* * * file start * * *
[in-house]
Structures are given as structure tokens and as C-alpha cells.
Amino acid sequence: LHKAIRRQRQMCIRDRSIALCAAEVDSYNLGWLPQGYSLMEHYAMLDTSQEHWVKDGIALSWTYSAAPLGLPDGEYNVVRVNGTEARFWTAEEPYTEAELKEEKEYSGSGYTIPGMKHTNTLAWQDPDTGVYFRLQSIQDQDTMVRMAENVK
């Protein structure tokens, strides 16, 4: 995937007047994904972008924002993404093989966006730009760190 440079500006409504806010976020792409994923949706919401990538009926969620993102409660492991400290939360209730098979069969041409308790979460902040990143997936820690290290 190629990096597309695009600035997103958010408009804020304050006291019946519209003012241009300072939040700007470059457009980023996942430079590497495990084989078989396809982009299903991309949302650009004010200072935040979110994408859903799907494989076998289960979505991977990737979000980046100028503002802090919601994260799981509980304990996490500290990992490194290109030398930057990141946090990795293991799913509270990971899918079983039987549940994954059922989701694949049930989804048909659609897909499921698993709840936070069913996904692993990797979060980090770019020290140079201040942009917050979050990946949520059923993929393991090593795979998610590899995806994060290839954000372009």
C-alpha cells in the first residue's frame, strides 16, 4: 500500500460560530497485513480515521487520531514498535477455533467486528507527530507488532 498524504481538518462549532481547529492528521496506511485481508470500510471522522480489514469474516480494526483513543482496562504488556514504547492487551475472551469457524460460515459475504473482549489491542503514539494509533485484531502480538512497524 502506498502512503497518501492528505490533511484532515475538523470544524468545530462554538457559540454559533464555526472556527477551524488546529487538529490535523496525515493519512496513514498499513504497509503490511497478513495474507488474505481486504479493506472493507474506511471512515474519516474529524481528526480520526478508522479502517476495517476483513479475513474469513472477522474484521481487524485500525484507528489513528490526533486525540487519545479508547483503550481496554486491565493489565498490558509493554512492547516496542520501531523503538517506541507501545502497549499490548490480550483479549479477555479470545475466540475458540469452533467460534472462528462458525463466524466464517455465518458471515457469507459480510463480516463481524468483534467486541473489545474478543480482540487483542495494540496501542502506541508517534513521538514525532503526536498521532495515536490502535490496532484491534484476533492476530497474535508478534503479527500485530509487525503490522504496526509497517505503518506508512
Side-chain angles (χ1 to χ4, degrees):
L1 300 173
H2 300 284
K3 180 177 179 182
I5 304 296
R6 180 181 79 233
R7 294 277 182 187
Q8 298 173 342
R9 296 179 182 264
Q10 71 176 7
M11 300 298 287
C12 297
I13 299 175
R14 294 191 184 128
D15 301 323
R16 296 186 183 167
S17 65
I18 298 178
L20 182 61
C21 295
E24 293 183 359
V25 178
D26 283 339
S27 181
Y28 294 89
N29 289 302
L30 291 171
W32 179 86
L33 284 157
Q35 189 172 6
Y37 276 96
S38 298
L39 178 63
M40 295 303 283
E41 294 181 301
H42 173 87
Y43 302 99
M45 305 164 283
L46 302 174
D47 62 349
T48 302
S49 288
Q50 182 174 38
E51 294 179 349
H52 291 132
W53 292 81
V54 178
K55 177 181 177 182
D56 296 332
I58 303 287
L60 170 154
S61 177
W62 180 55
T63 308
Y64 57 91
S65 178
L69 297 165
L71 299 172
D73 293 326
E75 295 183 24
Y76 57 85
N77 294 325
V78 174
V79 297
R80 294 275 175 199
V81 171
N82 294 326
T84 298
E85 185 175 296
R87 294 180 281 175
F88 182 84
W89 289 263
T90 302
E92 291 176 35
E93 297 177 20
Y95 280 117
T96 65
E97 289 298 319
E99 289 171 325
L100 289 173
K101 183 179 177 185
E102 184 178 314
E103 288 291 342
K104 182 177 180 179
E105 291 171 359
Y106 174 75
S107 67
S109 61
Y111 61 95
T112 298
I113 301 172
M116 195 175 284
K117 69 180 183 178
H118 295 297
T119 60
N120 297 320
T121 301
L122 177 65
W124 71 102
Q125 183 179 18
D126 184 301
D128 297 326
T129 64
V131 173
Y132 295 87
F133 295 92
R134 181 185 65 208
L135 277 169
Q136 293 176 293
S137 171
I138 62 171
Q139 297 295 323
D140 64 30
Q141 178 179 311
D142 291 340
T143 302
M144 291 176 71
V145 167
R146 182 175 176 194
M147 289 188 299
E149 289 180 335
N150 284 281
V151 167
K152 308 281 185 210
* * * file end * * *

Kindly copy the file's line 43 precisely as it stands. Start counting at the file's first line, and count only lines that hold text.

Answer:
M45 305 164 283